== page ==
Day 4

Day 4

It was a fab day in Auckland, not so in other parts by the look of it. So, surprise, walking. Beautiful relaxing walking.

Today felt almost normal, and in many ways it was. Nice breakfast, good walk, lunch, some personal admin, relaxing, dinner, Country Calendar and – this has been a long time coming – Season 3 of Ozark.

I’m a big fan of Country Calendar. It shows a life that reminds me of Uncle George’s farm, my own place in the country and thousands of kilometres of road trips. For me it’s the Kiwi life at its idyllic with lovely countryside scenes, filmed beautifully. The perfect anti-anxiety fix.

Ozark, not so much! It’s beautifully filmed too, but tense, gripping. It’ll keep me going for a few days of evening Netflix, as long as the internet doesn’t break which we’re told it won’t.

This coming week is a big test. How will we go for a whole working week at home I wonder? Routine will be important as will focus and mindfulness. Giving ourselves a break, both actual and and emotional. Some days we just won’t feel so flash, I’m sure. Remembering that it will all pass.

So I’ve tried to rate myself for this weekend.

A Herald journalist tried to give everyone a scolding for treating the Home-D like it was a holiday at home, using a narrative that we were in an apocalyptic, once in a lifetime state.  That we shouldn’t just think we have to “stay at home”, that it’s vital we do our bit. And don’t even think about trying to make anything good out of it! We get it I think. We also get it that there’s strong and serious messages. I’m not sure why the media need to yell it at us like it needs their amplification. How about some other news, some insight and critical thinking? An uplift at a critical time is nice.

We're not completely broken!

My weekend gripe, but beyond that I feel I’ve come out stronger, more resilient and good to go. It wasn’t so bad.

Only thing is thinking about the weeks ahead, creating stress by worrying about the future. Can I survive?! Kind of where I started on the night before the Lockdown. Somehow I need to put that little voice to bed!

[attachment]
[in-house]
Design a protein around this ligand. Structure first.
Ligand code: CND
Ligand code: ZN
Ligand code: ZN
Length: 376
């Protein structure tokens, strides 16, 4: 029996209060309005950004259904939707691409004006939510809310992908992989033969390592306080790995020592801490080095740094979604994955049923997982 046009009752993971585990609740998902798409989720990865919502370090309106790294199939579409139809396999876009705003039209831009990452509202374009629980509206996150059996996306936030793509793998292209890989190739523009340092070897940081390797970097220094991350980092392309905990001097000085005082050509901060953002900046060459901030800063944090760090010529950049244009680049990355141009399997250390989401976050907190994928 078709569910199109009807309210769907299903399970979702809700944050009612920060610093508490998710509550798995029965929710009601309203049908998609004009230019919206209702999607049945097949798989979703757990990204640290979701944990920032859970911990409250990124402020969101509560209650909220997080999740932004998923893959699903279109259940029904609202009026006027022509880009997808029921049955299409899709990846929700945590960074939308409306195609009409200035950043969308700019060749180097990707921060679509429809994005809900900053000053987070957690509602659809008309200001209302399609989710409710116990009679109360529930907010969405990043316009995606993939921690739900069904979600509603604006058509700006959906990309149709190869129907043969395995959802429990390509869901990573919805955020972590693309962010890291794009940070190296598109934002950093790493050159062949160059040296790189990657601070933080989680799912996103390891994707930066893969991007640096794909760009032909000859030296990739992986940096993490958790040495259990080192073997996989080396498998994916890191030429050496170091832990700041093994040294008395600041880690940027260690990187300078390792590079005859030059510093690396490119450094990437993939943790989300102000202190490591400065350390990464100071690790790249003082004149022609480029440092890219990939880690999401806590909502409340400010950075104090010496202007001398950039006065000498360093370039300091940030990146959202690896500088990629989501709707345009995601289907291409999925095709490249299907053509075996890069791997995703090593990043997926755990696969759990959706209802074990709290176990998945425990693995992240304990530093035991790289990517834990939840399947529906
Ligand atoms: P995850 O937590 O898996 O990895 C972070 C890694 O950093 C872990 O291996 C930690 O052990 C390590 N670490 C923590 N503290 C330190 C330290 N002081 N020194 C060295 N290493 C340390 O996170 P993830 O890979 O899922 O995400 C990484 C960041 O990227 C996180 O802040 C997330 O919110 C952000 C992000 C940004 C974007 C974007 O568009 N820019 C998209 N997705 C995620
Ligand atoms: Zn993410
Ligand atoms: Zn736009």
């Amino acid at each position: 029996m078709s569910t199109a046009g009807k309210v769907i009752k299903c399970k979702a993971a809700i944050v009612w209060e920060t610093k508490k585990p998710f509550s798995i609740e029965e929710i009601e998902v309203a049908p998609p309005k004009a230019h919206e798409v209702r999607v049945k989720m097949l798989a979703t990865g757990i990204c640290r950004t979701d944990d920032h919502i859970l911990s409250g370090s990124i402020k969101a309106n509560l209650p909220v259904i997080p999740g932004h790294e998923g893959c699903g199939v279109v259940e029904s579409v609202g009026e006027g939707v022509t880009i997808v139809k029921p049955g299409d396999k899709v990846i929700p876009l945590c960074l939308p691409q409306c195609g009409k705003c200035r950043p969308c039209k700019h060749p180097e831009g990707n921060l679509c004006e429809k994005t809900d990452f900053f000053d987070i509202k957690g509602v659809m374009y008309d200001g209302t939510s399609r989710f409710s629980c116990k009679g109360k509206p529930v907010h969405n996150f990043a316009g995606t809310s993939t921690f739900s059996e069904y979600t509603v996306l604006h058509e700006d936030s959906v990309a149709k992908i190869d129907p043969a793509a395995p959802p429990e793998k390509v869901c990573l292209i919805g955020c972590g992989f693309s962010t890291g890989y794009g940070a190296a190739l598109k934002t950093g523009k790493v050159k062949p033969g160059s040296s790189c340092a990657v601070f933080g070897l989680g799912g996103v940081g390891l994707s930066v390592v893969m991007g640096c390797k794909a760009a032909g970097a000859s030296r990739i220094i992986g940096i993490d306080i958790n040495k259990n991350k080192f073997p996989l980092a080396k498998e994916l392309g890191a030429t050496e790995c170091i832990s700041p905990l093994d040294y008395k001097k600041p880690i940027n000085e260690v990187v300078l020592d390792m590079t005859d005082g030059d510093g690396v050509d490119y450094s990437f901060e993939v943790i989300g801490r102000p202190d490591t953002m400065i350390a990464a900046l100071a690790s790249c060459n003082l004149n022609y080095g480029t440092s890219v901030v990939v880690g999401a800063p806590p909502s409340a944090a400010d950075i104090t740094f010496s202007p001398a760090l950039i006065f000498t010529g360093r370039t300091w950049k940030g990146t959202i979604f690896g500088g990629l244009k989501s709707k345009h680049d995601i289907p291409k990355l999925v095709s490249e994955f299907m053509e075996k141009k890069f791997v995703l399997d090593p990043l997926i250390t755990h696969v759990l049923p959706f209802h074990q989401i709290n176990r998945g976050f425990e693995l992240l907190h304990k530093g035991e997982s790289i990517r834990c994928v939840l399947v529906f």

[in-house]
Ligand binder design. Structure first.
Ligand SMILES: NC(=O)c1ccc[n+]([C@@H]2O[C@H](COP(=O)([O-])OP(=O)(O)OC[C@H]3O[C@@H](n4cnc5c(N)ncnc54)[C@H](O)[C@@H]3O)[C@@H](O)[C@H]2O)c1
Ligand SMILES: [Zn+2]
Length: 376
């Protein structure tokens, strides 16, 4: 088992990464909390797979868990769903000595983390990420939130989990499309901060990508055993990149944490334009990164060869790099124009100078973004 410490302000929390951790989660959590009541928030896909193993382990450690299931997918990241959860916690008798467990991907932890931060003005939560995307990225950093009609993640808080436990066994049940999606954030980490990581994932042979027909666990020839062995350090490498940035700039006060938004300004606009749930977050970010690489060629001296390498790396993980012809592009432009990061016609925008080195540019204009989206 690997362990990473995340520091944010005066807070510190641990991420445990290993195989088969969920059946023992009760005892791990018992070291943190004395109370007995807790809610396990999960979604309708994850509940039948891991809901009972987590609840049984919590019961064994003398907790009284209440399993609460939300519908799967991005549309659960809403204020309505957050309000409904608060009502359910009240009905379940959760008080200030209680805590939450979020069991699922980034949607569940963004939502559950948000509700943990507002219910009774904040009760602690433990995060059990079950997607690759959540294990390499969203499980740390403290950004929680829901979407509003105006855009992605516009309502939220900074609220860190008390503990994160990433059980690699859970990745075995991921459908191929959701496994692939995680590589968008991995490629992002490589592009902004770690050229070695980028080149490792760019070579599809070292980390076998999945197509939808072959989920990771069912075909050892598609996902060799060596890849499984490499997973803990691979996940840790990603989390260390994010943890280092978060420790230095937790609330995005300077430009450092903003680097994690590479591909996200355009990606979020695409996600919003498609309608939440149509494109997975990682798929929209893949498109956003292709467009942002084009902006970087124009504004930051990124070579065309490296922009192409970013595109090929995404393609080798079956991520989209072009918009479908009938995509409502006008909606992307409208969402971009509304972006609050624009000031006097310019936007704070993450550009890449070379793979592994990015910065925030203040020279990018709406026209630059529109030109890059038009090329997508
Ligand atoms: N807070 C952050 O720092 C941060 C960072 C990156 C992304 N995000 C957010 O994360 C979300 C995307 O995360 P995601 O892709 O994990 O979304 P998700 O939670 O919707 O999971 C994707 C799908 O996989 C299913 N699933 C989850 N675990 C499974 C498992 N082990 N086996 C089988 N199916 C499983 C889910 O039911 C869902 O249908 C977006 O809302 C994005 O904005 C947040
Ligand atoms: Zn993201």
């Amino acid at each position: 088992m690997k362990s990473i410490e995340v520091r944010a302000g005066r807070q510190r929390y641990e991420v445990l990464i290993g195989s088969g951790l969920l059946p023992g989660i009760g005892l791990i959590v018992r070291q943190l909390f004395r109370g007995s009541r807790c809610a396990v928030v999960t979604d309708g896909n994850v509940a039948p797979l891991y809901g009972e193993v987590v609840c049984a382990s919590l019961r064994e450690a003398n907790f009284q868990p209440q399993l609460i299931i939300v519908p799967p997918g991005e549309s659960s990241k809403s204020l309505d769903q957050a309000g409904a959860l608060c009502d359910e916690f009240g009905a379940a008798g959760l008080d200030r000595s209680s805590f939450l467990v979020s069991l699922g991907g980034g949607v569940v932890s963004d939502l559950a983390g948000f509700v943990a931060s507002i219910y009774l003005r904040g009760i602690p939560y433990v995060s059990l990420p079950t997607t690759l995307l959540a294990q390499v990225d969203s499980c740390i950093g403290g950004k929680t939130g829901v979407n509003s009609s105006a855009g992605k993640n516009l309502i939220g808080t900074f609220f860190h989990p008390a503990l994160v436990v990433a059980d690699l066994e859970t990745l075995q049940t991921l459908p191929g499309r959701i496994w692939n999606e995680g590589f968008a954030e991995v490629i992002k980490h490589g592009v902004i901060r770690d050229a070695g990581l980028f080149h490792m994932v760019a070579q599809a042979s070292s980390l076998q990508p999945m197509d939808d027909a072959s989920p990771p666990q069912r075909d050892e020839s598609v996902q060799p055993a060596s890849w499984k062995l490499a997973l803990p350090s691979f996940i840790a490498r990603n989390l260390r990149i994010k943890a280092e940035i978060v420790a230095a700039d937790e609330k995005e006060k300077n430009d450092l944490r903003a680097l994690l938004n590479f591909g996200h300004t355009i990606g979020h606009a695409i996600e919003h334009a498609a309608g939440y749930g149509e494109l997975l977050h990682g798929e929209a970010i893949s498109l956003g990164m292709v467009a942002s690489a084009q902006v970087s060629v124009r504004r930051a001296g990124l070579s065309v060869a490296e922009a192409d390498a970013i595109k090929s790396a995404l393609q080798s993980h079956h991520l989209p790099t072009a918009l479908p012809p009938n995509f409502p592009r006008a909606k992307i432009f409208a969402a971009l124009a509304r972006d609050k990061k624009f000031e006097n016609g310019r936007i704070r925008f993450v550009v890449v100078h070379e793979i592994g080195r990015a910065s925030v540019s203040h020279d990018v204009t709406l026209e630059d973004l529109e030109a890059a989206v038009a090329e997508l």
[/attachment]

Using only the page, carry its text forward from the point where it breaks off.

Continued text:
Which is precisely where I’m headed, ready for the working week. Let’s call it week 2, and congratulate ourselves on a first – first weekend nailed.

Stephen

 

Day 3

Day 3

The weekend! I heard the weather forecast and wondered whether we could do without it. Does it even matter now?

A walk (yep the weather matters!) – got the sweats up today –  chats to family and friends, although not face-to-face. The roads were quiet, but not completely clear, although I got this shot of one of the busiest roads in New Zealand on my walk. The prison in the background. Every hardship in perspective.

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I started a new audiobook – Getting Things Done – by David Allen on my son Thomas‘ recommendation. As the world changes we all need to find new ways of working and finding fulfilment.

I broke my Facebook Amnesty – a tool from my last book – Deep Work by Cal Newport which has unexpectedly prepared me for my Home-D. Unsurprisingly, Facebook hasn’t changed, but the mood seemed to be of compliance with the new emergency lockdown and almost unfettered power to the police. Questions about approach appeared to burst bubbles (not the home bubble I hope!) of reverence to those in power. It worries me that there is so little critical thinking on where we’re going. I’m not saying we’re not doing the right thing, but in Leadership, embracing all alternative viewpoints provides a richness in decision making. Think Appreciative Inquiry, Strategic Thinking, Ladder of Inference and BXT. When we embrace views contrary to ours we do our best.